As the vegetable garden winds to an end, I turn my harvest chores to the figs, persimmons and Chinese chestnuts.
Our nut grove is now a sheep pasture, which is prefect for them because they have pasture and shade from all sorts of nut trees.
As it turns out, it looks like my ewes and I share a favorite in the Chinese chestnut. After they eat their daily grain ration they snack on chestnuts that have fallen to the ground.
I first learned to enjoy roasted chestnuts when I lived in France as a college exchange student.
On cold winter days, my friends and I would buy bags of freshly roasted chestnuts from street vendors before we would go to the movies. There was no popcorn only the sweet, warm nuts that would easily pop out of their shells.
In the first half of the 20th century, the American chestnut tree, Castanea dentata, was devastated by a fungus that is now referred to as chestnut blight.
By 1950, nearly all of the American Chestnuts in the eastern part of the United States were dead, totaling about 3.5 million trees. The American chestnut, valued for its nuts and its straight rot-resistant timber is a rare sight in America today.
As a result, most Americans have probably never even seen a chestnut tree and if they have it may seem like some exotic species.
There is no major commercial chestnut industry in America, however, the Chinese chestnut proves to be a good alternative for nut production because it is blight resistant and produces a reliable harvest of tasty nuts. Ironically, it is the Chinese chestnut that introduced the chestnut blight in the early 1900’s that devastated its American cousin. And, it is the Chinese chestnut that is being crossbred and back-bred with the American chestnut to introduce blight resistant genes into the American species.
Over the last decade, we have seen the reintroduction of blight resistant American chestnuts with ongoing research, breeding and planting efforts. Join in on the planting if you can.
The Chinese chestnut, or Castanea molissima, is best used in an orchard or grove setting because the late spring blooms have somewhat of a rancid smell, not something you want around your patio.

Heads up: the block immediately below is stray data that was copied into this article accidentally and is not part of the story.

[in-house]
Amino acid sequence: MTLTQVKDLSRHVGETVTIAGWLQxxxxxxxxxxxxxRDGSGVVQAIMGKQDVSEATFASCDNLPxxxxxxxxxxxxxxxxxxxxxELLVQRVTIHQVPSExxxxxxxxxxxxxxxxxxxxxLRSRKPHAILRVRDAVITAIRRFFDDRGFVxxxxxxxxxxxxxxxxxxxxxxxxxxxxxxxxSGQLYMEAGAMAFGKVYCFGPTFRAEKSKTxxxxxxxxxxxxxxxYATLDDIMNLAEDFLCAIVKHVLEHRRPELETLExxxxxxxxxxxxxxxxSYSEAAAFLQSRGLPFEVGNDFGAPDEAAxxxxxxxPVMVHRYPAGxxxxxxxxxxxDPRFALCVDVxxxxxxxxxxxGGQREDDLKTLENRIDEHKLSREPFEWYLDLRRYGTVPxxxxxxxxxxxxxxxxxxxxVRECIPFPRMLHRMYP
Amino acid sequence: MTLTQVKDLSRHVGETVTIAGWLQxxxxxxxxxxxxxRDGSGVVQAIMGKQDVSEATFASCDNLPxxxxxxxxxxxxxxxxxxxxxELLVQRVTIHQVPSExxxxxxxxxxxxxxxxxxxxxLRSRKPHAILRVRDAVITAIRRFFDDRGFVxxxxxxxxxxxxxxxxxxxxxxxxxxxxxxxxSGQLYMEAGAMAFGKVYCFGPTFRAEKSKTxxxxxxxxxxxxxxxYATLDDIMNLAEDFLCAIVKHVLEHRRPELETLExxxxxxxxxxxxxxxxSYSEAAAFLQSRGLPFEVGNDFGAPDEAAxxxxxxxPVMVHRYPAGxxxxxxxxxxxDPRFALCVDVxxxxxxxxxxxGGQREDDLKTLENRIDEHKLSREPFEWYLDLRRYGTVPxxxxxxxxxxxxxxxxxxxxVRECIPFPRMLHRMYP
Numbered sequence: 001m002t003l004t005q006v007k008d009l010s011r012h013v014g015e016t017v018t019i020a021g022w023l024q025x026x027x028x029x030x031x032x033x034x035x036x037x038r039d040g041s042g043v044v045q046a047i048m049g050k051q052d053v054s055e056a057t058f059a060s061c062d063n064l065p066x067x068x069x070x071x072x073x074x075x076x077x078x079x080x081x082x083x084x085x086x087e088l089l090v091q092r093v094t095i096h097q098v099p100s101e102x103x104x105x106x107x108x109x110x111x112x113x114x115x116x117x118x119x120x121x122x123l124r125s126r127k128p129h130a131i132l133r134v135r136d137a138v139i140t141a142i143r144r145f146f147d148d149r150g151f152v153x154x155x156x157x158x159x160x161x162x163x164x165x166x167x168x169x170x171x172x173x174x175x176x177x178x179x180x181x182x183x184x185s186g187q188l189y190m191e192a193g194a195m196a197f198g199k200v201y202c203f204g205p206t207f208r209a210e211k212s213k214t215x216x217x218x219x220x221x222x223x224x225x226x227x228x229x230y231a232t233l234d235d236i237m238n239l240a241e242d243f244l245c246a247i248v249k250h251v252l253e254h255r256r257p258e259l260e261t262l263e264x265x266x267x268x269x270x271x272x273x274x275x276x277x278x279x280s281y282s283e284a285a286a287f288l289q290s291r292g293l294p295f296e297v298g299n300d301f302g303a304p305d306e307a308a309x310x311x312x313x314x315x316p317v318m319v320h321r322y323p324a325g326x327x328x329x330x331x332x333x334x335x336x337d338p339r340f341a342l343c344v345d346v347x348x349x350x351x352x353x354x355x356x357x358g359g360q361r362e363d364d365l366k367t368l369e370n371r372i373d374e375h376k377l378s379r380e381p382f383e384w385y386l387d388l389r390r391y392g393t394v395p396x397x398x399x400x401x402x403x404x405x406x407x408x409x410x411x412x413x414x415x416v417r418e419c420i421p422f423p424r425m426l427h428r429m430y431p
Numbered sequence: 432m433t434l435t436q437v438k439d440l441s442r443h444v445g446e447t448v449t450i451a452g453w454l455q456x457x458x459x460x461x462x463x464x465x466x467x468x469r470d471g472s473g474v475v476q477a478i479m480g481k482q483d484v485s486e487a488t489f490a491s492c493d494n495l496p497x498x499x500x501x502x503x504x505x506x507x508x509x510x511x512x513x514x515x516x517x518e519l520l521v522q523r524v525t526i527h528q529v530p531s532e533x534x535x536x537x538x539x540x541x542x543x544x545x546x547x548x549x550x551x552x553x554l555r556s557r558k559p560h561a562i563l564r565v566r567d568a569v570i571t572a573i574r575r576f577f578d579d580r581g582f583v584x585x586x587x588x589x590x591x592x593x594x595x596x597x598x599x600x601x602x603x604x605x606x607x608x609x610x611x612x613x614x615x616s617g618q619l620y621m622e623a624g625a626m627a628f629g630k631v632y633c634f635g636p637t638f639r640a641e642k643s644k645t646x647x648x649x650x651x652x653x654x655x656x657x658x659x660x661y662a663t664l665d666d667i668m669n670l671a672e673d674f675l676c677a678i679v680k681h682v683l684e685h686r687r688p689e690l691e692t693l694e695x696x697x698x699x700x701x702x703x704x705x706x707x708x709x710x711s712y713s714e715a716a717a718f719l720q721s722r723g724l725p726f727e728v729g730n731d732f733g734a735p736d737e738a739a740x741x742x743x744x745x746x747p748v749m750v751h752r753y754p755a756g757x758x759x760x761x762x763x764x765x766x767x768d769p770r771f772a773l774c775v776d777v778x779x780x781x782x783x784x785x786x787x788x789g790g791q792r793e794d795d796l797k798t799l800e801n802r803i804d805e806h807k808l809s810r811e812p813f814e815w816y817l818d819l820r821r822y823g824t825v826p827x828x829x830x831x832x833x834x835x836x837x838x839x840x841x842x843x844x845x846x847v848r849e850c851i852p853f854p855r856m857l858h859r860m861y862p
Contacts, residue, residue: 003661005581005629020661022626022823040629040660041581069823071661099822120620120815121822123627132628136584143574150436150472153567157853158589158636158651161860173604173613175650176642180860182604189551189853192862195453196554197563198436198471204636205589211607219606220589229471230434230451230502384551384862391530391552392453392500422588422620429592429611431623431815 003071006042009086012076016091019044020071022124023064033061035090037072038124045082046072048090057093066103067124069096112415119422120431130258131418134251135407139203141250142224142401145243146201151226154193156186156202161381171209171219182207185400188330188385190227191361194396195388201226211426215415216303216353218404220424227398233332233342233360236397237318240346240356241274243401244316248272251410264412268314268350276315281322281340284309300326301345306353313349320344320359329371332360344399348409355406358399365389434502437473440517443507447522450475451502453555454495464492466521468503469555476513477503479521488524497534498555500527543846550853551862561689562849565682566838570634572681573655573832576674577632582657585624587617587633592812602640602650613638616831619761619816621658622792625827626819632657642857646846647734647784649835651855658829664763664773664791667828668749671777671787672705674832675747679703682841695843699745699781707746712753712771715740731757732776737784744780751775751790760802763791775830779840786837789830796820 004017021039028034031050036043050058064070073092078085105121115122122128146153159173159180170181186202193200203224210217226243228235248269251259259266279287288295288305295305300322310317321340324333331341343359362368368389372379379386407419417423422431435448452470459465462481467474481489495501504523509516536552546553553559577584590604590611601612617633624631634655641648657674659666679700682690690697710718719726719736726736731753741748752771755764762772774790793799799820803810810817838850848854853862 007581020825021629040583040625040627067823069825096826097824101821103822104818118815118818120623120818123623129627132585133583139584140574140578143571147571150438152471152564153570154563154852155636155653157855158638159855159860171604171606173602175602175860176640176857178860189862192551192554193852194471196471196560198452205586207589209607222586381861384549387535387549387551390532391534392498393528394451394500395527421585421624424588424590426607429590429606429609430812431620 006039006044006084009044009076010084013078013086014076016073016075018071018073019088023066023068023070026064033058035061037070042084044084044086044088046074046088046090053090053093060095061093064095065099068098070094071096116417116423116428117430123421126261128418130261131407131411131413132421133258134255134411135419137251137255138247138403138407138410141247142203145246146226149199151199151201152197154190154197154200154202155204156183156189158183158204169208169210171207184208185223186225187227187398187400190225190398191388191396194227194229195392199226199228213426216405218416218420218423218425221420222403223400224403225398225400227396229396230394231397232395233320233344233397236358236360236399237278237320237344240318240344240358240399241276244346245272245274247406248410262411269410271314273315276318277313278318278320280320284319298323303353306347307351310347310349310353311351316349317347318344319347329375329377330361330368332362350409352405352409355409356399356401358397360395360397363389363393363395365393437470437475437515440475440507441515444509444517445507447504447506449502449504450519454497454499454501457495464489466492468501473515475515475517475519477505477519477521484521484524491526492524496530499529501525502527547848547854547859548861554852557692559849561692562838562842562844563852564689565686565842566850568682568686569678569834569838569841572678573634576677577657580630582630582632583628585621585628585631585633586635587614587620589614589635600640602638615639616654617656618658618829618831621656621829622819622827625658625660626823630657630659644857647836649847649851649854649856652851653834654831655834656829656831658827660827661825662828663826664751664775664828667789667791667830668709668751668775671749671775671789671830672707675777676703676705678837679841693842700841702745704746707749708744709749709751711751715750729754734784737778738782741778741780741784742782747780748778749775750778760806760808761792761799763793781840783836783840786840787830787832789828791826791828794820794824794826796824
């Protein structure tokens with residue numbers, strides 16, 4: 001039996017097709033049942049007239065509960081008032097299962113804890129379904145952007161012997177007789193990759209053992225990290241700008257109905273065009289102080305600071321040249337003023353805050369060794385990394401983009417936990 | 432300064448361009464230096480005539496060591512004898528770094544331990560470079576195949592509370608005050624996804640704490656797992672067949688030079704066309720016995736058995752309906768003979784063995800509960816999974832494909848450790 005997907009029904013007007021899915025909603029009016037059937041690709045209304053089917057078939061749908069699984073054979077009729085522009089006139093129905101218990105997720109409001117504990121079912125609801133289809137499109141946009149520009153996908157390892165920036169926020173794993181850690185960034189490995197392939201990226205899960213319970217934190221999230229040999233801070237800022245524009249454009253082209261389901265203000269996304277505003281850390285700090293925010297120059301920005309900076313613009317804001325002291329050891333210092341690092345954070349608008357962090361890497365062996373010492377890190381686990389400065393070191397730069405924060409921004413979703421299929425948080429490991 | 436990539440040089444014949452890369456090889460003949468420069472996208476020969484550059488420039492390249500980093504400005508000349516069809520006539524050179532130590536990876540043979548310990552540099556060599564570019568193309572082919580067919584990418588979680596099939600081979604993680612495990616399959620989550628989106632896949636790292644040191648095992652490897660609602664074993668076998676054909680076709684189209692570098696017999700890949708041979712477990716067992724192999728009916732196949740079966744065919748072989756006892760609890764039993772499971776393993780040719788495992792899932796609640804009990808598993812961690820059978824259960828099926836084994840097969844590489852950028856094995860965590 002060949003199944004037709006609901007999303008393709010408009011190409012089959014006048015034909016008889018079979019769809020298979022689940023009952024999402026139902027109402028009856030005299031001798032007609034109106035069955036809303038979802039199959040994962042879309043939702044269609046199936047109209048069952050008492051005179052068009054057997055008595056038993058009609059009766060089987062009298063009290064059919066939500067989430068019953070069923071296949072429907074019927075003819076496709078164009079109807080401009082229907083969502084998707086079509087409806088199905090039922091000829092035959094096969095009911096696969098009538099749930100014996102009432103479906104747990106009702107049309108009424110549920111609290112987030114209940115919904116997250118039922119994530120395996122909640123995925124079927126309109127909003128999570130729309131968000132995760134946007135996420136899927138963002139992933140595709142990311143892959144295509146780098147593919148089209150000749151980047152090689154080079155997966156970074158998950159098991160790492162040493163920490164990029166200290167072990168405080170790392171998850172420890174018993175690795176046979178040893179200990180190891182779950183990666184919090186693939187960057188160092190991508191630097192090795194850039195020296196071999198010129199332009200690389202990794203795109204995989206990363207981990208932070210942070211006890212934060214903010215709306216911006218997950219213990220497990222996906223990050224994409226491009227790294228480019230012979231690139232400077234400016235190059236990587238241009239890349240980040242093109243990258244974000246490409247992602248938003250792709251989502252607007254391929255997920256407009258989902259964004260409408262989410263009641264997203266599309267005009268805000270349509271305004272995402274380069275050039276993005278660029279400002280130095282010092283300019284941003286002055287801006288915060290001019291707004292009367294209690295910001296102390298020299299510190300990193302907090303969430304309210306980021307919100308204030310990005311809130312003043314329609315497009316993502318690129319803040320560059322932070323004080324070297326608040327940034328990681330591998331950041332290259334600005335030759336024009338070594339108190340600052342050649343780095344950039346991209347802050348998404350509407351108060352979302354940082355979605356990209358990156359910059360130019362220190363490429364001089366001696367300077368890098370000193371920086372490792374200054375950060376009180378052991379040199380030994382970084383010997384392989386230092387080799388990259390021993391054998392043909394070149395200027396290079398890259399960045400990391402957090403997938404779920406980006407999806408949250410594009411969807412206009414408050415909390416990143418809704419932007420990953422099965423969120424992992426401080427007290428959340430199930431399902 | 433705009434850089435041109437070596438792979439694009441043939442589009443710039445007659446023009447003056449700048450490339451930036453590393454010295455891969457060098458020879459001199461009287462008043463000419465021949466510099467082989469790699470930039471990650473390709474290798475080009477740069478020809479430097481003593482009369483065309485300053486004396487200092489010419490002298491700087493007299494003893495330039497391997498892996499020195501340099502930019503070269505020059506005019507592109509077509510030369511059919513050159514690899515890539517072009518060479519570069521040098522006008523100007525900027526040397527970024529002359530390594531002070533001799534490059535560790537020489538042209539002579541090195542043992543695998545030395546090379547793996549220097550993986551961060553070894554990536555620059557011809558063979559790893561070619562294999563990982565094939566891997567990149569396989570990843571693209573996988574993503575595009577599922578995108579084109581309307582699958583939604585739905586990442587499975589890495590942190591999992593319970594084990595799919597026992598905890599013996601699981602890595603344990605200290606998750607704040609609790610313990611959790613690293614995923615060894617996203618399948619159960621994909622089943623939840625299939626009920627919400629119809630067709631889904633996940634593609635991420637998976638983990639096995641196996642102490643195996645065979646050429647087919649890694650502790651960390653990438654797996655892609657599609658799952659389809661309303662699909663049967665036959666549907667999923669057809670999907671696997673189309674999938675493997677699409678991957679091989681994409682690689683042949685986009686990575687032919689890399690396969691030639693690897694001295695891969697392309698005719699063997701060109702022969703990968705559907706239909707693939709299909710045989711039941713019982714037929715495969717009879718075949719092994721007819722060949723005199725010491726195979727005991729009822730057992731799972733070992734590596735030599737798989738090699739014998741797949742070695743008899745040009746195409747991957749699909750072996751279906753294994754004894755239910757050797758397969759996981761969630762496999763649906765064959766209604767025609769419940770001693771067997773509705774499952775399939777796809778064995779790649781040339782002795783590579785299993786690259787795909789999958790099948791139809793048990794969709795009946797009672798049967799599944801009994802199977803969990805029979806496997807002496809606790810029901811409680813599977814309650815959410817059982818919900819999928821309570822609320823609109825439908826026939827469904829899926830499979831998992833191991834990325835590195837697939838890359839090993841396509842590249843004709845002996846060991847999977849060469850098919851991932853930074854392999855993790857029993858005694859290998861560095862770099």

The tree reaches a maximum size of 30-50 and has a more multi-stemmed spreading habit. The attractive foliage is long, narrow and pointed, very reminiscent of the American chestnut.
Chestnuts prefer well-drained, deep acid soil in a full-sun location. You can expect your first nut harvest after five years and a consistent reliable harvest after 10 years.
Showtime begins in mid-September through mid-October because this is when the nuts begin to ripen and fall from the tree.
From personal experience, I think the chestnut is the easiest of nuts to harvest, cure and process.
Wait for the spiny hulls to open up naturally and expel the nuts inside.
I visit the tree daily to collect the fallen nuts. Wear thick gloves in case you have to handle any spiny hulls they are very, very sharp. I have been told that they can easily puncture a car tire and I believe it.
If you want to roast your chestnuts straight away, you will need to cure them in a well-ventilated space, out of direct sunlight, for about four days.
Chestnuts are high in starch and water (low in fat for a nut) and the nut needs a couple of days for the starches to convert to sugar.
If you are going to put the nuts in cold storage, you can skip the curing process because the starch to sugar conversion will take place over a longer period of time if stored in a zip lock baggy in the refrigerator.
Roasting over a fire in a metal roasting basket (or on the grill) is definitely the best way to prepare chestnuts, but you can also use the oven.
Carefully score all but one nut with a cross on the flat side of the nut; pre-heat the oven to about 450, put the chestnuts on a cookie sheet and bake until the un-scored nut pops open. This is the best way to ensure that you do not over-cook them.
I freeze the roasted chestnuts for use all winter long.